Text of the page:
Panelist Jim Quay, who was a conscientious objector (CO) during the Vietnam War, observed that not only soldiers hungered for confession and forgiveness. “Our country sent the soldiers to war,” he observed. “They fought in our name, so we, too, needed forgiveness.”

Quay and Walter Capps worked together in the 1980s when Quay headed the California Council for the Humanities. RS 155 had yet to hear from a CO, so Quay was invited to speak to the class. On the day he spoke, a crew from CBS Television’s “60 Minutes” was filming for a report on the class, one of two that the newsmagazine would broadcast over the years.

After he ended his comments, a vet in the class called out, “Welcome home.” Due to the TV lights, Quay could not see the speaker but later he learned his name. “I was hoping Denver Mills would be here today,” he told the alums. “It was an extremely generous welcome, and I appreciated it.”

If presenters were changed by the Vietnam War course, so in their individual ways were the students, Capps’ colleagues, and Capps himself. The vets have made the class what it is, noted panelist Representative Lois Capps, Walter’s widow. “They were its most natural and powerful teachers,” she said, adding that Walter felt that, too. “You (vets) touched him profoundly, and reordered his thinking, and priorities.”

After teaching the class for 16 years, Capps passed the baton in 1995 to religious studies colleague Richard Hecht and, though he failed his first attempt, Capps won the 22nd Congressional District seat in Congress. Unfortunately, a heart attack felled him a little more than 10 months into his term.

Lois was elected his successor. Ten years since his death, after being re-elected five times, she no longer stands in Walter’s shadow, if ever she did. However, but for RS 155 her life would likely have been much different.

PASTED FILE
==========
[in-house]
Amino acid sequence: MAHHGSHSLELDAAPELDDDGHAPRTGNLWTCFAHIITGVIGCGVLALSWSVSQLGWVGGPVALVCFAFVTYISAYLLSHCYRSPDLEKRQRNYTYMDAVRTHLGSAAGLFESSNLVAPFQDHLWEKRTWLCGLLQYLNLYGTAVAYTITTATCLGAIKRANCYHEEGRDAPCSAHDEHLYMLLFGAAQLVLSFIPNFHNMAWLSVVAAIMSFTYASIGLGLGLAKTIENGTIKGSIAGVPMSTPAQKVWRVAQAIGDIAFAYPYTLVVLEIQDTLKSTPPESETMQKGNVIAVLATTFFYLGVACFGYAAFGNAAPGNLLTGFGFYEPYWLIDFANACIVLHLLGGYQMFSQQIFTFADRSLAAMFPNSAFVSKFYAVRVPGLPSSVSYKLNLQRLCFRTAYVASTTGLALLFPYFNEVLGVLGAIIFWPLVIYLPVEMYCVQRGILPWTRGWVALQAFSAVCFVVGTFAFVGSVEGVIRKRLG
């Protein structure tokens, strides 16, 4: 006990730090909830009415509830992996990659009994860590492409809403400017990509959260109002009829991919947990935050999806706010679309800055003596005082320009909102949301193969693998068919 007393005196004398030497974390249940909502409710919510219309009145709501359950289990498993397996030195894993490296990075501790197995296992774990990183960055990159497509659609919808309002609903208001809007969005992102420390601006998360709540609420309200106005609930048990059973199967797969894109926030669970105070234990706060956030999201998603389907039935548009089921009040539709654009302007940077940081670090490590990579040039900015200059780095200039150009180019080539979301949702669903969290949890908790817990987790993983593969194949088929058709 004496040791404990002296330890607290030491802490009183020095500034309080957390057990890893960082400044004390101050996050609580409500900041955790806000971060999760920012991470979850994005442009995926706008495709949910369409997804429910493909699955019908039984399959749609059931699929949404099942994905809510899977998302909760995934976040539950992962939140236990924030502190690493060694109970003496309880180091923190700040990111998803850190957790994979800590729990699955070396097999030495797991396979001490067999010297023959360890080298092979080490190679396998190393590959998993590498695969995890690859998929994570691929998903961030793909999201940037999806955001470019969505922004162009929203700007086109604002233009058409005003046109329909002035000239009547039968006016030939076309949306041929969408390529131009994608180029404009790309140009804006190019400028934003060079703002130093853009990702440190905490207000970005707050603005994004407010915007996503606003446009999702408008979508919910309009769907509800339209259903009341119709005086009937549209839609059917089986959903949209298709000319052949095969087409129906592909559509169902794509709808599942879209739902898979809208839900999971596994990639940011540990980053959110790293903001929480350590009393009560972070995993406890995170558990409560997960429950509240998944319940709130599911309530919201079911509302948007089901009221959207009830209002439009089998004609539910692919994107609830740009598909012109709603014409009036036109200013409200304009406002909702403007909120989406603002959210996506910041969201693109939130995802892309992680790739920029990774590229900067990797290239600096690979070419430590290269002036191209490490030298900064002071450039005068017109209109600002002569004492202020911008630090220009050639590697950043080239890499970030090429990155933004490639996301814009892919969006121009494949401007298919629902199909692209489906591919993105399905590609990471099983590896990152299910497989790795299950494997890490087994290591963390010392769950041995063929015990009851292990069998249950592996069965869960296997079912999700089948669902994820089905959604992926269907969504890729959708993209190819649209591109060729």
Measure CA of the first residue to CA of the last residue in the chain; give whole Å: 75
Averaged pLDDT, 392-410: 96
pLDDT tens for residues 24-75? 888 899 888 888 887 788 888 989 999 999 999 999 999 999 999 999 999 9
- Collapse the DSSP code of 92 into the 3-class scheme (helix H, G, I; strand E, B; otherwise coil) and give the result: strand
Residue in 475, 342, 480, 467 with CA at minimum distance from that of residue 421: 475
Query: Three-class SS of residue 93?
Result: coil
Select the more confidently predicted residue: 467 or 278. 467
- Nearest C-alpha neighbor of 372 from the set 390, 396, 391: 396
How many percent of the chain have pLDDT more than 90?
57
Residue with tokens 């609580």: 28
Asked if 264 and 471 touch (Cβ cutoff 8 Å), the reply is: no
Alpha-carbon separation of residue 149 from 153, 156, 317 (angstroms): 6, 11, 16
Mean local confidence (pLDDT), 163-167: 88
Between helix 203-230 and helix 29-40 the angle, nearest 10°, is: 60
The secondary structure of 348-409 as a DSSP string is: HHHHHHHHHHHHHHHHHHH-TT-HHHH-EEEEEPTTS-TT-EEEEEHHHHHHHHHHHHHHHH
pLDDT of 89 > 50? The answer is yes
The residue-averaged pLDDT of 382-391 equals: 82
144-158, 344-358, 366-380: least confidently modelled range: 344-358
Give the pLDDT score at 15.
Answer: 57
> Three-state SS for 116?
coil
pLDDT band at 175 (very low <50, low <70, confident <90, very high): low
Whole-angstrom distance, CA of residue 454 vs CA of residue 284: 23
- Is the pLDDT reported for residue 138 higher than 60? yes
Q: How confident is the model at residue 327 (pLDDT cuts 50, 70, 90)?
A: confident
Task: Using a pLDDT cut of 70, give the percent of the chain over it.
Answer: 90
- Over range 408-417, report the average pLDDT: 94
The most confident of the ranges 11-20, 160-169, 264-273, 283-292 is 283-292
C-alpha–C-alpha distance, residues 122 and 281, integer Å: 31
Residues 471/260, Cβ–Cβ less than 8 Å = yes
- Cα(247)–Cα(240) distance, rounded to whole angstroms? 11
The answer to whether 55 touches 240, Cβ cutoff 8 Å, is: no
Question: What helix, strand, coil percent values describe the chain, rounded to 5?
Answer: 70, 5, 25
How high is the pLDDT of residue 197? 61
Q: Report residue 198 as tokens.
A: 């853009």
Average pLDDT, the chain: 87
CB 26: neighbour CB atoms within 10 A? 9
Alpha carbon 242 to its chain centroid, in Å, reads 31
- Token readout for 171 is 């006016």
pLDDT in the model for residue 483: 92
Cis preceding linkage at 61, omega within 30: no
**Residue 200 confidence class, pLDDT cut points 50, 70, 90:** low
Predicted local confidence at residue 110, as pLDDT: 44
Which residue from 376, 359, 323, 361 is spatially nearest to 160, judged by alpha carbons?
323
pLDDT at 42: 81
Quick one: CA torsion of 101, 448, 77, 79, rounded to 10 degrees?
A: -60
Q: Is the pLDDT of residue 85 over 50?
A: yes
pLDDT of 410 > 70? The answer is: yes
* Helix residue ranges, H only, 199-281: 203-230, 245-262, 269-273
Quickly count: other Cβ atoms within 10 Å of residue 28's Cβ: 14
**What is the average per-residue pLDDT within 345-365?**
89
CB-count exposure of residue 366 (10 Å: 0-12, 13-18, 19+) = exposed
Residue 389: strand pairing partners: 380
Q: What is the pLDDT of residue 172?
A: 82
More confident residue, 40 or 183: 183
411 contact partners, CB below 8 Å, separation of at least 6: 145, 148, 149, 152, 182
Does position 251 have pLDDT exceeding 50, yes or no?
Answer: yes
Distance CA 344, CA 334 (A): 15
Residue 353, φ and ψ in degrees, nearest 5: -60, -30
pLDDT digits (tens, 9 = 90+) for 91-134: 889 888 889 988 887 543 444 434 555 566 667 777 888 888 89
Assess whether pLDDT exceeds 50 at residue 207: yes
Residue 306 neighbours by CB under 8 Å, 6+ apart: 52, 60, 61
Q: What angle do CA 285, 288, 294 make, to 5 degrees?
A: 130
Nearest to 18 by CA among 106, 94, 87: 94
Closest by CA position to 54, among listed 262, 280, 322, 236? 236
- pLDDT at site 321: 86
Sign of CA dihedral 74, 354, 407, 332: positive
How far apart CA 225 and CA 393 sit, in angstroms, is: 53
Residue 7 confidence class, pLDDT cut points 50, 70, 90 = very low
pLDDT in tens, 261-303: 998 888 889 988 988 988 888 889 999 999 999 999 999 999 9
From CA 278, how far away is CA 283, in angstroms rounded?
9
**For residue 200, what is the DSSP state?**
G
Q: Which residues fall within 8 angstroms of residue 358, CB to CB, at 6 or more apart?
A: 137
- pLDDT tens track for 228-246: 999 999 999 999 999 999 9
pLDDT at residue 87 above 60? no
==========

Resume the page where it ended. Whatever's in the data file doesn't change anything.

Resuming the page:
She told the audience, “I believe this course, which you all developed together, was a major part of what led Walter to run for public office.” Personally, she added, her “legacy from this class” and what she learned from the soldiers was on display in 2002 when she was one of 133 members of the House of Representatives to vote against a joint resolution authorizing war against Iraq. “I had no other choice,” she said.

Hecht, who originally thought his role would be temporary, has continued the evolution of RS 155 for the past 13 years. He summed up many students’ reaction to the class as “life-changing,” and some of the alumni gathered in Hatlen testified to feeling that way, even years later.

With warfare continuing in Iraq and Afghanistan, over the last three years Hecht has integrated vets from those battlefields into the course, drawing parallels to Vietnam when appropriate. As he wrote in the current class syllabus: “War itself…remains a challenging component (to RS 155). In this course, past, present and future merge for all of us.” Hecht hopes to stage an alumni reunion next year on the course’s 30th anniversary.